Put the raisins in a small saucepan with the water, bring to a boil over medium heat and cook until the water almost evaporates. Add the rum, let it warm for about 30 seconds, turn off the heat, stand back and ignite the rum. Allow the flames to die down, and set the raisins aside until needed.

Put the chocolate in a heatproof bowl and set the bowl over a saucepan of simmering water. Slowly and gently melt the chocolate, stirring occasionally. Remove the bowl from the saucepan and add the butter, stirring so that it melts. It’s important that the chocolate and butter not get very hot. However, if the butter is not melting, you can put the bowl back over the still-hot water for a minute. If you’ve got a couple of little bits of unmelted butter, leave them—it’s better to have a few bits than to overheat the whole. Set the chocolate aside for the moment.

Working with a stand mixer with the whisk attachment, or with a hand mixer in a large bowl, beat the eggs and sugar until they are thick and pale, about 2 minutes. Lower the mixer speed and pour in the chocolate-butter, mixing only until it is incorporated—you’ll have a thick, creamy batter. Add the dry ingredients and mix at low speed for about 30 seconds—the dry ingredients won’t be completely incorporated and that’s fine. Finish folding in the dry ingredients by hand with a rubber spatula, then fold in the raisins along with any liquid remaining in the pan.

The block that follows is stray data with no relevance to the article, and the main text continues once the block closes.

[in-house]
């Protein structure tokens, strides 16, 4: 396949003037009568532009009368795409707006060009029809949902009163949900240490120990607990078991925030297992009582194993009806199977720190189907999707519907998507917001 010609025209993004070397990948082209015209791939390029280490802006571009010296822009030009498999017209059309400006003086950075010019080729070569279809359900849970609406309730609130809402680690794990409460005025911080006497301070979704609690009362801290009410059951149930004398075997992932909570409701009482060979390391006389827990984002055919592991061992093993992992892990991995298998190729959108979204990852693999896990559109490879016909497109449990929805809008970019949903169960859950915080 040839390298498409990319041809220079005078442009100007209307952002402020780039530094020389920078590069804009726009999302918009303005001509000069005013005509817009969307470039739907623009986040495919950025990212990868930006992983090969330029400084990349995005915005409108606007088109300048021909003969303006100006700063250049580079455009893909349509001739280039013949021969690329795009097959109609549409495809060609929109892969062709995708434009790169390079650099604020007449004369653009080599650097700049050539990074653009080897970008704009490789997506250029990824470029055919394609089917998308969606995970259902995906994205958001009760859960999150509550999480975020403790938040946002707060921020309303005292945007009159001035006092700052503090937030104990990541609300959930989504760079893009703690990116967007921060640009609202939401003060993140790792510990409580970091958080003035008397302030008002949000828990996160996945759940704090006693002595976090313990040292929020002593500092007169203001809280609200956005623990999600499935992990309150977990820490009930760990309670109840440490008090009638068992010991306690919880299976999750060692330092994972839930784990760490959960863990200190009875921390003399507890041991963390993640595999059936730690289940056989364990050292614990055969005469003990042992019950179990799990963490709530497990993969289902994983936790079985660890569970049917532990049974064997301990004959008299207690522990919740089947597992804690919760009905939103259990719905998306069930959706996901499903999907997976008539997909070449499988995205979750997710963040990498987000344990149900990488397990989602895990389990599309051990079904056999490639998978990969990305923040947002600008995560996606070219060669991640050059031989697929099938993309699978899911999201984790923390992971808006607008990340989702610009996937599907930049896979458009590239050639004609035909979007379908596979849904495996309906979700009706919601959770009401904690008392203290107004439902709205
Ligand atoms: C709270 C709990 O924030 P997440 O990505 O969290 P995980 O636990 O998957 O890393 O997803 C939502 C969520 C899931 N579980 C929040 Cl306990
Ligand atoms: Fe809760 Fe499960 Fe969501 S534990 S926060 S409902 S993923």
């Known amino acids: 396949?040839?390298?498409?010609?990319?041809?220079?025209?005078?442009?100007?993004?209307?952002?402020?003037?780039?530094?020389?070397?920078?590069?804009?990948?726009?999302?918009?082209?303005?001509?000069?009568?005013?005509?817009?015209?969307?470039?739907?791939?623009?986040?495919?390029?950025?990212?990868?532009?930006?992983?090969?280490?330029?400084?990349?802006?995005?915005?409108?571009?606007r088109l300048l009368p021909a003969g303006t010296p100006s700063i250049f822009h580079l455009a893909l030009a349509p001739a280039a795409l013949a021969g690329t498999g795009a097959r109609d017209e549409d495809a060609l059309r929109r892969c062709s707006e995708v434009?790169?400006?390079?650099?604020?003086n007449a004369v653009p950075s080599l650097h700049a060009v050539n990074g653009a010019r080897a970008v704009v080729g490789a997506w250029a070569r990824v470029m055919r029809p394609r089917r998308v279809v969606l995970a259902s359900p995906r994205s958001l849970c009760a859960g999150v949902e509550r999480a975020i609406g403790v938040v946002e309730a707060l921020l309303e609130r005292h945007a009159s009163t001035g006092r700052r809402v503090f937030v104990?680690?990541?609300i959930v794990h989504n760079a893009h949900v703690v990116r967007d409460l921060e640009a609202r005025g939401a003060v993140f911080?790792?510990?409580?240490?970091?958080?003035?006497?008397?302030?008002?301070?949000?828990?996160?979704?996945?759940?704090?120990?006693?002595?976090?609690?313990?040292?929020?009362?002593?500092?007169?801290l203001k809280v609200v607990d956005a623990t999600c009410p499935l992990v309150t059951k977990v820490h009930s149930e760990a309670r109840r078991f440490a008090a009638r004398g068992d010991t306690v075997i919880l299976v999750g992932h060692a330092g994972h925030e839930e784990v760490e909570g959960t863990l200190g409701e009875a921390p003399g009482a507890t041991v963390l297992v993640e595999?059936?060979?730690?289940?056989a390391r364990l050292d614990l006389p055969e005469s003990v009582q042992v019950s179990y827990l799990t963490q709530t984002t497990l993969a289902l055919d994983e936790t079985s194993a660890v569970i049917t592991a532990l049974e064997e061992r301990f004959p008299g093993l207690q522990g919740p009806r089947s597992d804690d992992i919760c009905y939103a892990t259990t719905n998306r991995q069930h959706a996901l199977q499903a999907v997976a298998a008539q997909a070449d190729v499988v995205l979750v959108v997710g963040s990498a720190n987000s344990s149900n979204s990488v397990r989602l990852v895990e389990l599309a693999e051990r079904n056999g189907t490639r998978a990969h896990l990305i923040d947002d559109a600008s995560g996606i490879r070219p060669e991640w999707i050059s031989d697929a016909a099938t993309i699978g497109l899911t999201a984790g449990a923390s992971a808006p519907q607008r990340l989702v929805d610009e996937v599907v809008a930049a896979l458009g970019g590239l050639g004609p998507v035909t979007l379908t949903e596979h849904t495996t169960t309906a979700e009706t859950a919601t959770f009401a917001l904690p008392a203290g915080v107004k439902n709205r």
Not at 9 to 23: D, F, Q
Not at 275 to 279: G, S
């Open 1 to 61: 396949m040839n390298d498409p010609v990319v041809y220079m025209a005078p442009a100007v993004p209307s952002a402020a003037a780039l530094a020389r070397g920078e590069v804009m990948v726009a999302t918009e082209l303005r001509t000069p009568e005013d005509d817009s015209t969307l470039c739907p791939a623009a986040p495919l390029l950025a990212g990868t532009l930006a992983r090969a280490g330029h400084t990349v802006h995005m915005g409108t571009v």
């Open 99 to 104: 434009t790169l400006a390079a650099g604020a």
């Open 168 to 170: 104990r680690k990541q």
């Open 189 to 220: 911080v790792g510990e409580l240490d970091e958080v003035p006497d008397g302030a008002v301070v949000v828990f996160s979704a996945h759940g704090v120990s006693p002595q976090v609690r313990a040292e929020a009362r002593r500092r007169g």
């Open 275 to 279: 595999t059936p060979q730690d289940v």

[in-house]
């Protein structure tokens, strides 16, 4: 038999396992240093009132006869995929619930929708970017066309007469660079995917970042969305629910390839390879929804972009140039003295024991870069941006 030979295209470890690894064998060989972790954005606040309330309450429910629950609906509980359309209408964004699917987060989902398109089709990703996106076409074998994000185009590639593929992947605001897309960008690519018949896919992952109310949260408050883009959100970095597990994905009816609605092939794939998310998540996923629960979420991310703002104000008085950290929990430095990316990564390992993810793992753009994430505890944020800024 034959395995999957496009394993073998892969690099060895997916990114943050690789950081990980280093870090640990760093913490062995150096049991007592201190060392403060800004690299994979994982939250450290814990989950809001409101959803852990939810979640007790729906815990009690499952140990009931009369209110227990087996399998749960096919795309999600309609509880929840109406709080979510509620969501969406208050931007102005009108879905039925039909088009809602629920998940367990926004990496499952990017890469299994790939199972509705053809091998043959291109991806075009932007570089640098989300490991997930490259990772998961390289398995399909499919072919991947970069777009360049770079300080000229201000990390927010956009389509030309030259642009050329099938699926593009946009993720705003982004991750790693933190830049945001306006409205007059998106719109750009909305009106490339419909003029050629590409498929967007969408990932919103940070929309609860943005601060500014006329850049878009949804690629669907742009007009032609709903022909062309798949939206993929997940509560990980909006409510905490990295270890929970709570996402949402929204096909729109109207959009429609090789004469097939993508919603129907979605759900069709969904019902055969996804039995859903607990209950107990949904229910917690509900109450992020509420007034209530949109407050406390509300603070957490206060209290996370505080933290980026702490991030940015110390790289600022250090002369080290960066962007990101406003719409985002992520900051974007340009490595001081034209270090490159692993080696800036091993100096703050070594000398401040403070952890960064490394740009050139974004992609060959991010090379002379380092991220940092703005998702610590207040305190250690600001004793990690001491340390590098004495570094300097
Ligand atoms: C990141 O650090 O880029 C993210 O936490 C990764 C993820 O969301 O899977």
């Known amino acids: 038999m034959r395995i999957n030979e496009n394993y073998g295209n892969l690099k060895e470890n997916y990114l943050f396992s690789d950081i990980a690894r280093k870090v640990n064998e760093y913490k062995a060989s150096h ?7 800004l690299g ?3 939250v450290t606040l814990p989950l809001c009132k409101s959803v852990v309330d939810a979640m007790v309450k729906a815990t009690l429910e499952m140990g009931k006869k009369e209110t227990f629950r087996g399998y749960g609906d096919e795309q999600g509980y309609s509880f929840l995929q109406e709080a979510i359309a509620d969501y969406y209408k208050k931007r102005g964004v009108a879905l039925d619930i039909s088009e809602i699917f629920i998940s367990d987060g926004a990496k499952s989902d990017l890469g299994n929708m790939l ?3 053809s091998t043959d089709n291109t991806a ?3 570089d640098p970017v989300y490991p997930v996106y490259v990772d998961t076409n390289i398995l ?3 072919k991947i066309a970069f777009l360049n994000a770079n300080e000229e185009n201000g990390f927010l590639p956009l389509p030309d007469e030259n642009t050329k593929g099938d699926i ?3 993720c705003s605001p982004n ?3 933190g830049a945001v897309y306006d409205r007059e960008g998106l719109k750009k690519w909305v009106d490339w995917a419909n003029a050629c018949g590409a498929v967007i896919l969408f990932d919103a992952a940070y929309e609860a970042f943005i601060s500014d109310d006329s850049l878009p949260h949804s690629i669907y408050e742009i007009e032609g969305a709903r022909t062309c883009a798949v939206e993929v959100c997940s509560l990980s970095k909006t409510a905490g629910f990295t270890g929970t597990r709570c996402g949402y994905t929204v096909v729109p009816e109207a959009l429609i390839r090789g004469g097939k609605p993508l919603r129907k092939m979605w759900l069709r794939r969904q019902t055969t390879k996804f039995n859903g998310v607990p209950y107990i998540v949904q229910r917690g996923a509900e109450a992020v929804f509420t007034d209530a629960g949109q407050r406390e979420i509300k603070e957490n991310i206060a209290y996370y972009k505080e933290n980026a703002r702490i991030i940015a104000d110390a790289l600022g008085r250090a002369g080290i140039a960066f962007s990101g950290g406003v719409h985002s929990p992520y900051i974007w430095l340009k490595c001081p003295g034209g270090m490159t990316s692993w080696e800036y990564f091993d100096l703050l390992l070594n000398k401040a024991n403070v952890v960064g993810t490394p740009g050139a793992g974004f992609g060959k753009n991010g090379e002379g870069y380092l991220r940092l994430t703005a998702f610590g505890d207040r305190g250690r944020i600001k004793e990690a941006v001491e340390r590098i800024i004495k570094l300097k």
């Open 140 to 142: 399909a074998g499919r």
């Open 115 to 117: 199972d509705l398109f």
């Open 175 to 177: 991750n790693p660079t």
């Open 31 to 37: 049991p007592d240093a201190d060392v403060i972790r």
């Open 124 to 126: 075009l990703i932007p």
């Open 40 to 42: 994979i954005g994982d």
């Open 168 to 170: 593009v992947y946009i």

Scrape the batter into the pan and bake 50 to 60 minutes, or until the top is dry and crackled and a knife inserted into the center of the cake comes out clean. Transfer the pan to a rack and allow the brownies to cool to warm or room temperature.

Carefully lift the brownies out of the pan, using the foil edges as handles, and transfer to a cutting board. With a long-bladed knife, cut the brownies into 16 squares, each roughly 2 inches on a side, taking care not to cut through the foil.

Serving: The brownies are good just warm or at room temperature; they’re even fine cold. I like these with a little something on top or alongside—good go-alongs are whipped crème fraiche or whipped cream, ice cream or chocolate sauce or even all three!

Storing: Wrapped well, these can be kept at room temperature for up to 3 days or frozen for up to 2 months.

Chocolate Brioche Bread Pudding

As had mentioned in my Pecan Honey Sticky Buns post, I planned on making a chocolate bread pudding with my brioche loaf. I started this recipe with the intentions of making Jill O’Connor’s Banana Bread Pudding. After letting the cut up brioche sit out for two days to get stale, the prepping began.